Chicago teachers get 1-year contract, end strike Essay

A 2-week strike against the Nation’s third largest public
school system ended when the Chicago Board of Education and the American
Federation of Teachers agreed on a 1-year contract. The stoppage involved 28,000 teachers and 12,000 members of 17 other unions who
accepted similar terms.

The teachers’ contract called for a 4.5-percent salary
increase effective December 17 and one-time bonus in March 1985 equal to
2.5 percent of earnings during 1984. The board also agreed to resume
paying the full cost of medical insurance, as it had done since 1971.
Earlier, the board had moved to ease its fiscal problems by requiring
the employees to begin paying 25 percent of the cost, which became a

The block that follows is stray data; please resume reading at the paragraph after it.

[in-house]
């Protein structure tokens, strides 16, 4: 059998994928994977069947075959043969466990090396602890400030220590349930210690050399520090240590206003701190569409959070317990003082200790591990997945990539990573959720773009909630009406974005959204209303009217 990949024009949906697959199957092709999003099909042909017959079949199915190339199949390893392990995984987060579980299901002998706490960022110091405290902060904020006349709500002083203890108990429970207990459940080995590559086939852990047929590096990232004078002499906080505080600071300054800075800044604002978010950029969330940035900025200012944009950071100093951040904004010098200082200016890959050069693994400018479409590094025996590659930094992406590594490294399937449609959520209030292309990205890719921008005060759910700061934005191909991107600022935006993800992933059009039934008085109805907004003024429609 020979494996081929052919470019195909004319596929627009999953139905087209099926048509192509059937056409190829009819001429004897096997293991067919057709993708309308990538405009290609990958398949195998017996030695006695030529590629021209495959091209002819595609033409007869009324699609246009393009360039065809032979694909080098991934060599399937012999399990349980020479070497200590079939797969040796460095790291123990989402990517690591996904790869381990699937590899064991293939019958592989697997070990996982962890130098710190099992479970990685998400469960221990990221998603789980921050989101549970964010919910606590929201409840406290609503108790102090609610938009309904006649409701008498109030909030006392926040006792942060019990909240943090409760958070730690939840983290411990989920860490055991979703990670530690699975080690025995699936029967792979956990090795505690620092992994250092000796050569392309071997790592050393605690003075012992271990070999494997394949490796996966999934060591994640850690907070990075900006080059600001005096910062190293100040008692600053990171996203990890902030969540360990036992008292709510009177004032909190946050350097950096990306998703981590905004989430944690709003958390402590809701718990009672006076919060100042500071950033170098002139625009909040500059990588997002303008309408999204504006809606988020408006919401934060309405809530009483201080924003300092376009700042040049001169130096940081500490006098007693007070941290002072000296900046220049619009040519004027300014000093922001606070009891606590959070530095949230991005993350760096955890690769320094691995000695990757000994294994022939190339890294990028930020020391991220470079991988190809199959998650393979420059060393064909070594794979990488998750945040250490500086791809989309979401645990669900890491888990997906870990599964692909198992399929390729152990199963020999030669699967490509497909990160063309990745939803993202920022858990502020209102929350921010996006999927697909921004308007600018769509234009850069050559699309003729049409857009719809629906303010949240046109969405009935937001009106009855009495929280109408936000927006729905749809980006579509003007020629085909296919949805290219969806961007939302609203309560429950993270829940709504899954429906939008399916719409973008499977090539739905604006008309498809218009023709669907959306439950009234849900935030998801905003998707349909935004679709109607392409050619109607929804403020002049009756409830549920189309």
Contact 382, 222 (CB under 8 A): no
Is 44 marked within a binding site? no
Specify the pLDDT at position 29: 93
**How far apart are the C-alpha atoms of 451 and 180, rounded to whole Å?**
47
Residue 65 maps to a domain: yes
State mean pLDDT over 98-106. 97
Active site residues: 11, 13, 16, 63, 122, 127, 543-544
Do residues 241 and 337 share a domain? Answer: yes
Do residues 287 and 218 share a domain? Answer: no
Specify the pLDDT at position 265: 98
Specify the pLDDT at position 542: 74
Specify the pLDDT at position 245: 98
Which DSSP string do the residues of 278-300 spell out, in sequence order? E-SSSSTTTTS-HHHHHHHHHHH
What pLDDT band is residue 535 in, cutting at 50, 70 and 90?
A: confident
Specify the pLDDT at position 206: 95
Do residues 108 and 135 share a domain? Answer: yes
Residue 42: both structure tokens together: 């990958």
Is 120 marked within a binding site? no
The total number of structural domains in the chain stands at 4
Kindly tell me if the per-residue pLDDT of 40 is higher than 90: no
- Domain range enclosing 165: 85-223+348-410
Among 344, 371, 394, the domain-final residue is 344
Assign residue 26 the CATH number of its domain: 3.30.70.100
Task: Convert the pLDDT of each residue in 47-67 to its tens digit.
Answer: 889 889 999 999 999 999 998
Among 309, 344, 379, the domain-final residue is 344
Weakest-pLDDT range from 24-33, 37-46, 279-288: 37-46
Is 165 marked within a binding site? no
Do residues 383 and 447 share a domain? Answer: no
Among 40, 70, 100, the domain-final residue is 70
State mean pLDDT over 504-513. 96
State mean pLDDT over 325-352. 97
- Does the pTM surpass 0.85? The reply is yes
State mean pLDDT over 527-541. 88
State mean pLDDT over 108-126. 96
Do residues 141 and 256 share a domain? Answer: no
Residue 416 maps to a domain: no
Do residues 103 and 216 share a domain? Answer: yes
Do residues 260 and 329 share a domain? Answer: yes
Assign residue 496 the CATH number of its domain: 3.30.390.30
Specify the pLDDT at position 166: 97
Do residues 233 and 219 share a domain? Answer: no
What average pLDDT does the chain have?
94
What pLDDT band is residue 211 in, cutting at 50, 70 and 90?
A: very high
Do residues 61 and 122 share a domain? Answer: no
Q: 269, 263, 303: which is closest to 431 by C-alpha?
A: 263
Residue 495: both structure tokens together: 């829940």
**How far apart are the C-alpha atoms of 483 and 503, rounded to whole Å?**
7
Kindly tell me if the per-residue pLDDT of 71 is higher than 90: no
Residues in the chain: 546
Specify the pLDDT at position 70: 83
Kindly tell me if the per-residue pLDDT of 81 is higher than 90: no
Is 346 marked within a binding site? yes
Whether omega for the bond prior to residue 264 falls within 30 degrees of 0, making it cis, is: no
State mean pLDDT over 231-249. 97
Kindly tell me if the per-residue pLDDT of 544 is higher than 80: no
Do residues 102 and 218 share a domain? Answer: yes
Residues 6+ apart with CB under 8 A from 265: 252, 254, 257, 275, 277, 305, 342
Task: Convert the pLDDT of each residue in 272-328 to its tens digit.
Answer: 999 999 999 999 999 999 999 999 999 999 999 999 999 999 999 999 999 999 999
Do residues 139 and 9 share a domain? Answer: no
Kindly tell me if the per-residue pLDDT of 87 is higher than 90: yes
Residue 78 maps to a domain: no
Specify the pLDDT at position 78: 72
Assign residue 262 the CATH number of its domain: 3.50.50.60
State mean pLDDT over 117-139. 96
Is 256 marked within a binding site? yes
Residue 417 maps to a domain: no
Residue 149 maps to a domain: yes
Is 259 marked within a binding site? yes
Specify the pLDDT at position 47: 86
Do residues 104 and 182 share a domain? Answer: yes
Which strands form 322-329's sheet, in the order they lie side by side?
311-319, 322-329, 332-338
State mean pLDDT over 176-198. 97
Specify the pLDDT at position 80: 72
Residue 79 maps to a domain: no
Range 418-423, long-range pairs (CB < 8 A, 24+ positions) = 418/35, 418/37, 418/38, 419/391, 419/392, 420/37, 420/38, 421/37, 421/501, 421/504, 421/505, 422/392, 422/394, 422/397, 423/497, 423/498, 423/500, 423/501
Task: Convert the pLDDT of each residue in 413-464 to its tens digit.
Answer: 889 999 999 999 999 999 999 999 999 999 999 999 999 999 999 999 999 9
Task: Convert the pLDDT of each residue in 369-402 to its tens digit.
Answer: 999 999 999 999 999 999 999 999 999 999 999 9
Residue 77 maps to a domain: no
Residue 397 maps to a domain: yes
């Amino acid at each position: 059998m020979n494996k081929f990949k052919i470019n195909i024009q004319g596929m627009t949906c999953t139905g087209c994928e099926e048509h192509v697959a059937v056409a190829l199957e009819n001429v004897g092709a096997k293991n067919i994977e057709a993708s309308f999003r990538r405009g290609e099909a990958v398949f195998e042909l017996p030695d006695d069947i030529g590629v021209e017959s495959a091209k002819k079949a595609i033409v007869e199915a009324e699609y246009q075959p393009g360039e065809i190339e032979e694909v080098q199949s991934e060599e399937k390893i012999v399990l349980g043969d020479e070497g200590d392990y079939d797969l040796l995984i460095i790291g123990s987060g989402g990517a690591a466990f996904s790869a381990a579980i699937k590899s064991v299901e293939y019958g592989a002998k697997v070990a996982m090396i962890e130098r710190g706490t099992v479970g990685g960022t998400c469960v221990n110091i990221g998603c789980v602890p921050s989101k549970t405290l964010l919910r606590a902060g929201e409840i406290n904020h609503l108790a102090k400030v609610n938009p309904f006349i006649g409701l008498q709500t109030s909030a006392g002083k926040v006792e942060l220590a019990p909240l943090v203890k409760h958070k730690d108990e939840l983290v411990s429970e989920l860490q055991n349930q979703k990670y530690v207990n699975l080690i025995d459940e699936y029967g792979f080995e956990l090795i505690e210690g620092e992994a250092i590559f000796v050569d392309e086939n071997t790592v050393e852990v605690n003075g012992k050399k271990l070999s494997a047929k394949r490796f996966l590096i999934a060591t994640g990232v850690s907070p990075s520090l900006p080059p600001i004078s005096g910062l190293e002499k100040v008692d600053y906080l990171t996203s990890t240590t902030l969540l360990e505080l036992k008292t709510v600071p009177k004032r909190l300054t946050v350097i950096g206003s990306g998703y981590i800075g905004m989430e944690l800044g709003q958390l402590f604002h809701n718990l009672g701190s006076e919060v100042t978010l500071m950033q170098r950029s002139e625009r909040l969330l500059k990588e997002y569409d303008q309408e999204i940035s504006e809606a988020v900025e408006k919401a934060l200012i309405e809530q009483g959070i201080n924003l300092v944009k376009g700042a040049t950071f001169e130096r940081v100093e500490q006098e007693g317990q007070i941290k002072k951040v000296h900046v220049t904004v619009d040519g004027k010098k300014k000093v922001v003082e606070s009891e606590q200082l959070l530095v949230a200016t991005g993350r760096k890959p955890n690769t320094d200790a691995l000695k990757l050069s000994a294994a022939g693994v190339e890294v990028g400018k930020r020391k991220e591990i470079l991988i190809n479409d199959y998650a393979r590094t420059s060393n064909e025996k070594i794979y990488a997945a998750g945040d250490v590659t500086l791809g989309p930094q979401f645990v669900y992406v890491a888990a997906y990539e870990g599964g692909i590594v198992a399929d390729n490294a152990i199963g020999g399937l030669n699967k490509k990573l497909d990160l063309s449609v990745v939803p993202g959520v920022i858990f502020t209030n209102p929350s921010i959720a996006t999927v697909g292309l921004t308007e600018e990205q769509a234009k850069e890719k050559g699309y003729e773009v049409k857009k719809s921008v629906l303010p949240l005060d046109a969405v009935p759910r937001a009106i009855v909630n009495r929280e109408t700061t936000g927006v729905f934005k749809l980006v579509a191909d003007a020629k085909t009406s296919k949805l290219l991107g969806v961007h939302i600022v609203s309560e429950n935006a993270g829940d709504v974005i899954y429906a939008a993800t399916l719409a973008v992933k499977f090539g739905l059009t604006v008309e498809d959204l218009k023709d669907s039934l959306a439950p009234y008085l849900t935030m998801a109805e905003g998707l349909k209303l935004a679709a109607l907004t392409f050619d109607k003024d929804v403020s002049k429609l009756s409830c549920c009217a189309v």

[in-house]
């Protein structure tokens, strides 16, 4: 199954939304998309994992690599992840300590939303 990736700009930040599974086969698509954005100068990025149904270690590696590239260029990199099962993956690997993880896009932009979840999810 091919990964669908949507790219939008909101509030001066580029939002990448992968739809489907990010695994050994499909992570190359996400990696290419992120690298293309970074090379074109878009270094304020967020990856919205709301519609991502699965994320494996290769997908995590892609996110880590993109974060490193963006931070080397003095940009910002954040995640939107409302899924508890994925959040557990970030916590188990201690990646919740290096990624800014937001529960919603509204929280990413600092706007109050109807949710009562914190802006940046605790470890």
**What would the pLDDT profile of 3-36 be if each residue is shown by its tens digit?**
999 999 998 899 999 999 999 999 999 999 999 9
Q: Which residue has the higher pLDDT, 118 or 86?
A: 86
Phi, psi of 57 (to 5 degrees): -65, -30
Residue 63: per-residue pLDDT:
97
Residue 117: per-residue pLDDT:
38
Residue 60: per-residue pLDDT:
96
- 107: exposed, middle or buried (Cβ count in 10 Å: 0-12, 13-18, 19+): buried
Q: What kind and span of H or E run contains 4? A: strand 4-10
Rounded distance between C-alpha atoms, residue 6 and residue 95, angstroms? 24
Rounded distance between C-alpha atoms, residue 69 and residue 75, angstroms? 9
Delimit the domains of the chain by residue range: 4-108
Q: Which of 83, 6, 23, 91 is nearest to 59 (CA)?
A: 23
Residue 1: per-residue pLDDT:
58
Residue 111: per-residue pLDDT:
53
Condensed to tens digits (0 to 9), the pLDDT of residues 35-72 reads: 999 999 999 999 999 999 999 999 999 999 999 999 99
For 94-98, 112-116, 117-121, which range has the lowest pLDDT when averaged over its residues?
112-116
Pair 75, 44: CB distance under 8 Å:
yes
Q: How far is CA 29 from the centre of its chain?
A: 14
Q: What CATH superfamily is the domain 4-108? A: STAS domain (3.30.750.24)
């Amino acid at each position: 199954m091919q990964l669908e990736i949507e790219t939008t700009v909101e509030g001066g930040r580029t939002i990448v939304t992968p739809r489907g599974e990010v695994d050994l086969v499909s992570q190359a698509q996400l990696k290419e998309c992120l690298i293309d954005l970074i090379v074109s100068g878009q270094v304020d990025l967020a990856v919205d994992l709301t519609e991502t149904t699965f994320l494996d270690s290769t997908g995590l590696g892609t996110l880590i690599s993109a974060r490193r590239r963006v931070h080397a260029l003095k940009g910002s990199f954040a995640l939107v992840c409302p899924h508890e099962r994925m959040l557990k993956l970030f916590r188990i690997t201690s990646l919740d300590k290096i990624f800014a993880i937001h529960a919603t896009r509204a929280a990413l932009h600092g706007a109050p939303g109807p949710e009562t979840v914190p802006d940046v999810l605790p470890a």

major issue in the dispute. To some extent, medical cost will be
moderated by a new plan under which the board will contract with certain
hospitals to treat employees. If the employees use other hospitals,
they will have to pay higher deductibles.

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In another cost-containment move, the parties agreed to make up
only 5 of the 10 school days lost due to the strike. The board also
voted to cut the number of teaching positions, reduce funds for
maintenance and supplies, and eliminate a proposed plan to improve
academic standards. scheduled to expire in July 1985. The cut affected
8,000 union members plus 4,000 nonunion employees who had earlier agreed
to the plan.

The company, which lost $15.5 million in the third quarter of 1984,
attributed its difficulties to lack of finances and management talent to
carry out a diversification plan.


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